Robinson v. True

Filing 7

ORDER DISMISSING CASE without prejudice for lack of jurisdiction. Signed by Judge David R. Herndon on 4/25/2017. (tjk)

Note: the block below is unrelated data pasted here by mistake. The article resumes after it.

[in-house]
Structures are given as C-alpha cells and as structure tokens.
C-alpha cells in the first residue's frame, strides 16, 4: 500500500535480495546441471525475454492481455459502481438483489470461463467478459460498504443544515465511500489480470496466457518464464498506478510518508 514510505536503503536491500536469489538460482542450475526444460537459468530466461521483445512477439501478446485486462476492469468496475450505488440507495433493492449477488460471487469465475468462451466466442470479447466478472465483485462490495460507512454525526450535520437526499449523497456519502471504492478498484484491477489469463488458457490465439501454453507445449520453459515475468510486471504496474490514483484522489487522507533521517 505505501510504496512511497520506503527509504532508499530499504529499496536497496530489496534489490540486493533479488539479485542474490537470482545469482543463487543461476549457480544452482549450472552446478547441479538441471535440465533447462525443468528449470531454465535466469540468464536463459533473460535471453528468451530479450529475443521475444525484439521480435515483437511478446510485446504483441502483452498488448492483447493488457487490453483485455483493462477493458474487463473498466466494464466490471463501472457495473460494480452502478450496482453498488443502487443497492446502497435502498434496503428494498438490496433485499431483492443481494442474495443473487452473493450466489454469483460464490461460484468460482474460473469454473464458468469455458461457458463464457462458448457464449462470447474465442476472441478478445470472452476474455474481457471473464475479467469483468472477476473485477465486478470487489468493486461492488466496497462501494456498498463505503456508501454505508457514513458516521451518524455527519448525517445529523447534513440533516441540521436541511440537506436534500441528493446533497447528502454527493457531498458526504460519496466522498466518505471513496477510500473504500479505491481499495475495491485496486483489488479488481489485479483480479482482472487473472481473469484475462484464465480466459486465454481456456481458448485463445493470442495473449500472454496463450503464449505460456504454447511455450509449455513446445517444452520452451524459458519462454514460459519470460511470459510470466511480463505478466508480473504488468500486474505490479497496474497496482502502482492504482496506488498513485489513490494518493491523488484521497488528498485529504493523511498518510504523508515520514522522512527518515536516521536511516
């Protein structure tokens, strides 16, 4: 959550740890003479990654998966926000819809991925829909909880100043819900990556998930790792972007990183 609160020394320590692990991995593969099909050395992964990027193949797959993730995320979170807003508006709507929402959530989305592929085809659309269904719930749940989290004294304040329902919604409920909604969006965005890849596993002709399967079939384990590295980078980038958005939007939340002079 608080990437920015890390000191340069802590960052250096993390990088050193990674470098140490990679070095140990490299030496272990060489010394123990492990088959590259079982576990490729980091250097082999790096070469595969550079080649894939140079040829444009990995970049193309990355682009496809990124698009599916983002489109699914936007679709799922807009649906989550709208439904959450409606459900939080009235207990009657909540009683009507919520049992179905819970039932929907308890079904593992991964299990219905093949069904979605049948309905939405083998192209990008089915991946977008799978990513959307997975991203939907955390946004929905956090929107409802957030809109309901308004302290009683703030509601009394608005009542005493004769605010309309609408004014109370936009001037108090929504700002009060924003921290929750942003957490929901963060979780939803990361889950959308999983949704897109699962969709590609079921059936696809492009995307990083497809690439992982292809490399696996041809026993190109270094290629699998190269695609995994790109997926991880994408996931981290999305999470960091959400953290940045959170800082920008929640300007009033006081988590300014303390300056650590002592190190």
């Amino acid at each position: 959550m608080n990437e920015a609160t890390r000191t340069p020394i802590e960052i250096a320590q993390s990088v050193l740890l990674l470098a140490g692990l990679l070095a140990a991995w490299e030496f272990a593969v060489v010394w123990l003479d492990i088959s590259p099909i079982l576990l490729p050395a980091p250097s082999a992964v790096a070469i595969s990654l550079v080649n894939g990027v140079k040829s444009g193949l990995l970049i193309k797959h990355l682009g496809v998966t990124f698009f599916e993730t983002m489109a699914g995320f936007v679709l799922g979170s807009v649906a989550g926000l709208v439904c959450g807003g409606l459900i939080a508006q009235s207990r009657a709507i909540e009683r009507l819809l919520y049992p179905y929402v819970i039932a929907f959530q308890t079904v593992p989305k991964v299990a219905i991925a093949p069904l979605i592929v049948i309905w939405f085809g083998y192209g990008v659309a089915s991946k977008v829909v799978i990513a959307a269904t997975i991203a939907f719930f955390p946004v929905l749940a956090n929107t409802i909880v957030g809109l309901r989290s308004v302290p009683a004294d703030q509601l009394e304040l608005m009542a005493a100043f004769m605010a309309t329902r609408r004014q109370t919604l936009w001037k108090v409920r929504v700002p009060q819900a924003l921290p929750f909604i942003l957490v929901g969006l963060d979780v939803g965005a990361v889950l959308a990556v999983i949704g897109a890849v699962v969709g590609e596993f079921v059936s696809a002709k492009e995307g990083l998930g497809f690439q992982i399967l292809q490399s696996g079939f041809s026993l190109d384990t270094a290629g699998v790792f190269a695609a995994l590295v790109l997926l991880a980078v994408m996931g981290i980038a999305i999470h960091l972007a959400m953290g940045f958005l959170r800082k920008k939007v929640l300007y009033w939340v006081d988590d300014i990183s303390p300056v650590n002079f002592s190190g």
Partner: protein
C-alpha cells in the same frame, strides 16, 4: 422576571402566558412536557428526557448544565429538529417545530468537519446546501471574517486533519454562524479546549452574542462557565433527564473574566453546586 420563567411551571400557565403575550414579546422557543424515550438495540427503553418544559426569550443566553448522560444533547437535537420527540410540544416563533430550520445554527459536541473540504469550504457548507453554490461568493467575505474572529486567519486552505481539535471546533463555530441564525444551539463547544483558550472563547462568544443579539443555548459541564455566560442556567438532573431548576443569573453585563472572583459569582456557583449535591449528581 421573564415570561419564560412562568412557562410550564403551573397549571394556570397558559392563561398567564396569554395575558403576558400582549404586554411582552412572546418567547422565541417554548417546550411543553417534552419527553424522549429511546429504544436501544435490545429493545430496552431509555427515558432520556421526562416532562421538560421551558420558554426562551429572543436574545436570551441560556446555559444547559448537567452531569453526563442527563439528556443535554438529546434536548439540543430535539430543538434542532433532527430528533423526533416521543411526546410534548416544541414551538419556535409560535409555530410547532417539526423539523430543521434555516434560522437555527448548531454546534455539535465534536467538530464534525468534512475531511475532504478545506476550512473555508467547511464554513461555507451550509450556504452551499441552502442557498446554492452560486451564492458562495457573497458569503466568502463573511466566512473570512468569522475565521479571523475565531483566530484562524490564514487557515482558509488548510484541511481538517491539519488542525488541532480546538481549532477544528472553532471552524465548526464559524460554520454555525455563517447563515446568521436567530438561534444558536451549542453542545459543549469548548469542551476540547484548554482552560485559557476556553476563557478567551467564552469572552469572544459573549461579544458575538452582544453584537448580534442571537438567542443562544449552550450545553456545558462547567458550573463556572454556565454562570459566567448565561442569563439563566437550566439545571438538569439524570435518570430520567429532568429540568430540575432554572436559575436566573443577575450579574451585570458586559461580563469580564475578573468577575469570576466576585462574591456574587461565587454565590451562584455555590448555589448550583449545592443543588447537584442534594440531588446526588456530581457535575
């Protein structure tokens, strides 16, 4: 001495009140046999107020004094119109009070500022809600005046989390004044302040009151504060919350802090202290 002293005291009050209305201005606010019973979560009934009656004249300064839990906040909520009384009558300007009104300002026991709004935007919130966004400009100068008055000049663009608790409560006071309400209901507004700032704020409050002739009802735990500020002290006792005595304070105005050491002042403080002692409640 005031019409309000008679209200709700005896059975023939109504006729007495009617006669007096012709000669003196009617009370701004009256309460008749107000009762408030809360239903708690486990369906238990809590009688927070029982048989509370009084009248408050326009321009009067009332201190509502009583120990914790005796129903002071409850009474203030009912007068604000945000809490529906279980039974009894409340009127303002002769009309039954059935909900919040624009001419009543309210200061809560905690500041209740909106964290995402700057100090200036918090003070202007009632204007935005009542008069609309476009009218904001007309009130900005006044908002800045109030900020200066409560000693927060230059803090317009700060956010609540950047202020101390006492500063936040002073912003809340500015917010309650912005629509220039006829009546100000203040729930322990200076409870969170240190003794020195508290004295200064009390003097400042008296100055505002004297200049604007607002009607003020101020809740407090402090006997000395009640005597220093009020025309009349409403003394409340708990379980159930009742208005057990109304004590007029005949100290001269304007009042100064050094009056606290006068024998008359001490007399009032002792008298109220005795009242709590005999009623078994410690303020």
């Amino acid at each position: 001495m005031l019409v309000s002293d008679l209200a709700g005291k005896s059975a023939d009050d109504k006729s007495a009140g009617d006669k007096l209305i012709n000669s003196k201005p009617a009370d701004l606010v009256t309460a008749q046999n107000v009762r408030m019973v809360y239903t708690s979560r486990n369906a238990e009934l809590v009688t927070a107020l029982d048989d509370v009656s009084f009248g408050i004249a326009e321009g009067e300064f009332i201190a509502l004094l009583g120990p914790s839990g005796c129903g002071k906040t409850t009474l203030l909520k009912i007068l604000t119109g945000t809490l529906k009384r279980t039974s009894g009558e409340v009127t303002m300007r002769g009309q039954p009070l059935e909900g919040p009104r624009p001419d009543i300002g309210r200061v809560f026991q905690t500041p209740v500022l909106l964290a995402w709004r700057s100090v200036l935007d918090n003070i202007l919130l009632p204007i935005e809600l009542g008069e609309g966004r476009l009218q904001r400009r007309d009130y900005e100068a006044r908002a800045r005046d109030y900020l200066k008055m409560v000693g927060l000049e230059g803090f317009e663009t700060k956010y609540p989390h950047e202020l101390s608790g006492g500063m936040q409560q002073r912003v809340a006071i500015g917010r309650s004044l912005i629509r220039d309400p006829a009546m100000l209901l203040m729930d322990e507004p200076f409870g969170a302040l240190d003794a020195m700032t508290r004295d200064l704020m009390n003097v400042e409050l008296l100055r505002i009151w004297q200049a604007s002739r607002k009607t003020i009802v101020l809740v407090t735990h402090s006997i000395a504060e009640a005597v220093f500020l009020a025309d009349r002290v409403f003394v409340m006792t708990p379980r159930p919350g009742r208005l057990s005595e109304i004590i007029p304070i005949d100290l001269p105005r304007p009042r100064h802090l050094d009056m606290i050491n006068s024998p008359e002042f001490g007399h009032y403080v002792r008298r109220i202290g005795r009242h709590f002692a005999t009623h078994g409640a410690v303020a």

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IN THE UNITED STATES DISTRICT COURT FOR THE SOUTHERN DISTRICT OF ILLINOIS DONALD ROBINSON, Petitioner, v. No. 3:17-cv-00316-DRH WILLIAM TRUE Respondent. MEMORANDUM AND ORDER HERNDON, District Judge: Donald Robinson, previously incarcerated at Marion, filed this Petition for Writ of Habeas Corpus pursuant to § 2241 on March 27, 2017. (Doc. 1). Rule 4 of the Rules Governing § 2254 Cases in United States District Courts provides that upon preliminary consideration by the district court judge, “[i]f it plainly appears from the petition and any attached exhibits that the petitioner is not entitled to relief in the district court, the judge must dismiss the petition and direct the clerk to notify the petitioner.” Rule 1(b) of those Rules gives this Court the authority to apply the rules to other habeas corpus cases. After carefully reviewing the Petition in the present case, the Court concludes that Petitioner is not entitled to relief, and the Petition must be dismissed. A mere 3 days after he filed this case, Petitioner filed a Change of Address form notifying the Court that he had been released from Marion and currently resides in St. Louis, Missouri. (Doc. 4). His release from custody dooms the Petition. Pursuant to 28 U.S.C. § 2241(c), the writ of habeas corpus only extends to those who are “in custody.” Petitioner is no longer in custody, and thus the district court has no jurisdiction over this suit. Jackson v. Carlson, 707 F.2d 943, 946 (7th Cir. 1983). Additionally, his release from Marion also deprives this Court of jurisdiction, as habeas cases may only “be filed in the district court for the district wherein such person is in custody or in the district court for the district within which the State court was held which convicted and sentenced him.” 28 U.S.C. § 2241(d). Petitioner was being held in Marion, which is in this judicial district, but his release removes that basis for jurisdiction, and his Petition makes clear that his underlying case arose in the Eastern District of Missouri. While there are other infirmities with the Petition, the Court need not address them, having decided it lacks jurisdiction over this matter. Petitioner should direct all other requests for relief to the Eastern District of Missouri, which presumably retains jurisdiction over certain matters related to the underlying criminal conviction. Disposition For the reasons stated above, the instant habeas Petition is DISMISSED without prejudice for lack of jurisdiction. As this Petition was filed pursuant to § 2241, there is no need for a certificate of appealability. Walker v. O’Brien, 216 F.3d 626, 644 (7th Cir. 2000). If petitioner wishes to appeal this dismissal, he may file a notice of appeal with this court within thirty days of the entry of judgment. Fed. R. App. P. 4(a)(4). A motion for leave to appeal in forma pauperis should set forth the issues petitioner plans to present on appeal. See Fed. R. App. P. 24(a)(1)(C). If petitioner does choose to appeal and is allowed to proceed IFP, he will be required to pay a portion of the $505.00 appellate filing fee in order to pursue his appeal (the amount to be determined based on his prison trust fund account records for the past six months) irrespective of the outcome of the appeal. See Fed. R. App. P. 3(e); 28 U.S.C. § 1915(e)(2); Ammons v. Gerlinger, 547 F.3d 724, 725–26 (7th Cir.2008); Sloan v. Lesza, 181 F.3d 857, 858–59 (7th Cir.1999); Lucien v. Jockisch, 133 F.3d 464, 467 (7th Cir.1998). A timely motion filed pursuant to Federal Rule of Civil Procedure 59(e) may toll the 30–day2 appeal deadline. It is not necessary for petitioner to obtain a certificate of appealability. Walker v. O'Brien, 216 F.3d 626, 638 (7th Cir.2000). The Clerk is DIRECTED to close this case. IT IS SO ORDERED. Signed this 25th day of April, 2017. Digitally signed by Judge David R. Herndon Date: 2017.04.25 13:10:14 -05'00' UNITED STATES DISTRICT JUDGE

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